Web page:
Just finished Michael Eric Dyson’s Tupac book Holler If You Hear Me. As in his book on MLK, Dyson draws out radical intentions and implications of his subject’s work, wrestles with the problematics of his life, and considers what the mythology that’s developed since his death says about the culture around him. The discussion of Tupac’s relationship with his mother, Afeni Shakur, brings together several threads of the book: the contradictory meanings of black masculinity in Tupac’s work and his thinking; the currents of rage, indictment, forgiveness, and affirmation in his music; the personal as political; the relationship between the ’60s Black Panther generation and the next one. If anything, the book suffers from Dyson’s tendency to over-explain the significance of each sentence from Tupac. Good read, and I learned a lot from it.
One passage of interest:
Reviewing Entertainment Weekly interviews with the candidates, Marc Ambinder expresses surprise that
In some ways, Obama has the tastes of a 72 year old man; McCain has the tastes of a 47 year old whippersnapper. Who knew?
At risk of sounding cynical, why should we be surprised when Obama associates himself with Dick Van Dyke and McCain associates himself with Usher? Isn’t this what candidates often do in interviews – try to address potential vulnerabilities and convince more people that they’re more like them than they realized (that is, when they’re not focused on doubling-down on their perceived strengths)? That the guy smeared as a secretly foreign terrorist fist jabber touts an old white guy and the really old white guy who can’t use a computer touts a young R & B artist seems to make a lot of sense. Same reason around election time we often hear more from Democrats about their love of guns and Jesus and from Republicans about their love of Black people and the environment.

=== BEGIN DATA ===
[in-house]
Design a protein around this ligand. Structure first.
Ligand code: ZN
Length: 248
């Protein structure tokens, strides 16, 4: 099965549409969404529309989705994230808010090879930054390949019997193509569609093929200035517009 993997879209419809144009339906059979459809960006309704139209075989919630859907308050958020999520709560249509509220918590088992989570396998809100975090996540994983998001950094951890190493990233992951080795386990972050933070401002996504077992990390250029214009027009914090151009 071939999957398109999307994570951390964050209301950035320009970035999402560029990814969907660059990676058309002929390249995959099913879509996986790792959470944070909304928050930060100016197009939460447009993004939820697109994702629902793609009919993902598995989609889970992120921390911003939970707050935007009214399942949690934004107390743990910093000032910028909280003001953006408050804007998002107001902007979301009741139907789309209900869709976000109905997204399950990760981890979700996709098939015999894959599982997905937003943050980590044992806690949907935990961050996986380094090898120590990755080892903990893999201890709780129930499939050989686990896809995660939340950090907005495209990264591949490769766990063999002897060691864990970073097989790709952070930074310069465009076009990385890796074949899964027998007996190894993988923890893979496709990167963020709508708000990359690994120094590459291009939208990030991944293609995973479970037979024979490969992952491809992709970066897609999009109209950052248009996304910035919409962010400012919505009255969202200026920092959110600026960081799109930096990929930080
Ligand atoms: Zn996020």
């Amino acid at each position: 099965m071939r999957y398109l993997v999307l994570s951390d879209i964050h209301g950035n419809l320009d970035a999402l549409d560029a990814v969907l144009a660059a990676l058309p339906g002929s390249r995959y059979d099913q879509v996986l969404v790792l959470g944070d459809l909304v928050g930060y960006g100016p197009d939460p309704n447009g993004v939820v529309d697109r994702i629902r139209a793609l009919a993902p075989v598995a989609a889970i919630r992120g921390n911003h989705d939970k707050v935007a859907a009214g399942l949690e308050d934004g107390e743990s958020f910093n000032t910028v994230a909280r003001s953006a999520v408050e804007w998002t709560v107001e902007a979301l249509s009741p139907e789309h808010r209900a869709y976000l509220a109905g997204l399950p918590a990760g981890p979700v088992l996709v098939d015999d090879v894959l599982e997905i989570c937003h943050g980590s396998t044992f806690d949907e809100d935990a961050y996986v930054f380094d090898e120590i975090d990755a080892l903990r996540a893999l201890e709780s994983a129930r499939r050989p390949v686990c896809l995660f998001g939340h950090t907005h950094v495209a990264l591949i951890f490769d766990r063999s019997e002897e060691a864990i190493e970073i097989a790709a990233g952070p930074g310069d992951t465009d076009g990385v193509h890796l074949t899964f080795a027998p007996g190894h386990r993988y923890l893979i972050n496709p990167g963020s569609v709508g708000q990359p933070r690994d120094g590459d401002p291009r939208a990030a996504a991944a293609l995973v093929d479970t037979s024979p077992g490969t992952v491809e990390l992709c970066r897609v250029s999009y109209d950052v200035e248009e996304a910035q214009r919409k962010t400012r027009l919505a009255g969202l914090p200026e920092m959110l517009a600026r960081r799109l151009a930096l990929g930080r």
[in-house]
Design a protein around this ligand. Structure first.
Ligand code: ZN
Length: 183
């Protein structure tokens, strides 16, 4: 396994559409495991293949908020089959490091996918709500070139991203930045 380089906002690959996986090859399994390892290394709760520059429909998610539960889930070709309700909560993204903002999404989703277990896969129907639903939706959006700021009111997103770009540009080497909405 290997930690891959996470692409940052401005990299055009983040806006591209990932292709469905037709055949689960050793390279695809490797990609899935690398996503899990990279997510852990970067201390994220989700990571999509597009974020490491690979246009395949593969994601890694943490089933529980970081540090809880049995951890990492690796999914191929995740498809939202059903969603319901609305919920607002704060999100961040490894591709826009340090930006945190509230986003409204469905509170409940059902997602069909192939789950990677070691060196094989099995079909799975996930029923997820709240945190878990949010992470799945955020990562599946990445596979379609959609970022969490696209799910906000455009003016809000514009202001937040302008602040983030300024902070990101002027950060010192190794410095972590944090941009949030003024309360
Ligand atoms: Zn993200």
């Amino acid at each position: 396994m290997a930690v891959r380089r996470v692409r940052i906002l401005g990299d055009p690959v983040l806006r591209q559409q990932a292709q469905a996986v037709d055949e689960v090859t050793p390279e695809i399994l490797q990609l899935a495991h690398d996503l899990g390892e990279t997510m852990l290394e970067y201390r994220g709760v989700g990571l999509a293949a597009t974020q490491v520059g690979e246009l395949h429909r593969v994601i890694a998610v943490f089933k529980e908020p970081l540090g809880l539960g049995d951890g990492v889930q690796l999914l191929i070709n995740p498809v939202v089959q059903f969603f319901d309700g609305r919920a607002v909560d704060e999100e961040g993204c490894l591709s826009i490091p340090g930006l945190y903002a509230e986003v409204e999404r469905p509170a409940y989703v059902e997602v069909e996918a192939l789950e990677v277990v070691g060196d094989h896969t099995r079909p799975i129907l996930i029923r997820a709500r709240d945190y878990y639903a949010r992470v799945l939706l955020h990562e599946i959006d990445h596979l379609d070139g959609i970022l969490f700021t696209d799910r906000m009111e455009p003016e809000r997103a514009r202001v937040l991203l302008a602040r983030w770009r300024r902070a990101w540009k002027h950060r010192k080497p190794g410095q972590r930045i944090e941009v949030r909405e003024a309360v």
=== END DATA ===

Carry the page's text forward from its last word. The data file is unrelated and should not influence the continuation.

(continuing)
Updated (8/25/08) to correctly identify Usher’s musical genre, though not in time to avoid looking to Alek like an elderly white guy.
The gang at the Prospect’s convention blog (inter alia) have been carping about (inter alia) the Convention’s music selections for each speaker. None of the ones they mentioned, though, irk me so much as the pairing of the Beatles’ “Revolution” with Howard Dean. Come on, guys. It’s a song about being afraid of revolution. And certainly, for better or worse, Howard Dean was never quite as revolutionary as his strongest backers or critics made him out to be. But it seems safe to assume that the song was chosen to suggest that he’s an insurgent. And to do that was a counter-insurgent song is an insult to the audience’s intelligence nearly on par with Reagan’s citing “Born in the USA” as an articulation of his brand of patriotism. Anyone who’d like to try to convince me that there’s a subtle point being made about the revolutionary danger posed by Bush and feared by Dean, or the tension between Dean’s conservative record and his more radical rhetoric, or the fear of the Democratic establishment towards Dean, is welcome to try. I wouldn’t suggest it though.
Otherwise, I’d say Dean’s was a solid speech, even if some of the lines make less of an impact for those of us who’ve heard them from him several times before. The same goes for Ted Kennedy, on both counts. Of course, there can only be one Barack Obama.
Now I acknowledge that unlike some, I don’t know from (weird Hebrew-ish construction, I know…) music other than a very narrow selection of it, and I pretty sure I know less about Blender Magazine. But apparently, in a verifiable Blender Blunder, these people have named “Sound of Silence” by the prophetic Paul Simon, as the 42nd worst song of all time. Now I do know that there are many, many more than 42 songs out there, many of them written by non-prophetic writers, and thus feel comfortable declaring Blender Magazine to know nothing about music (or, for that matter, prophecy). Maybe Brian and I can start a bi-partisan campaign to shame them into submission.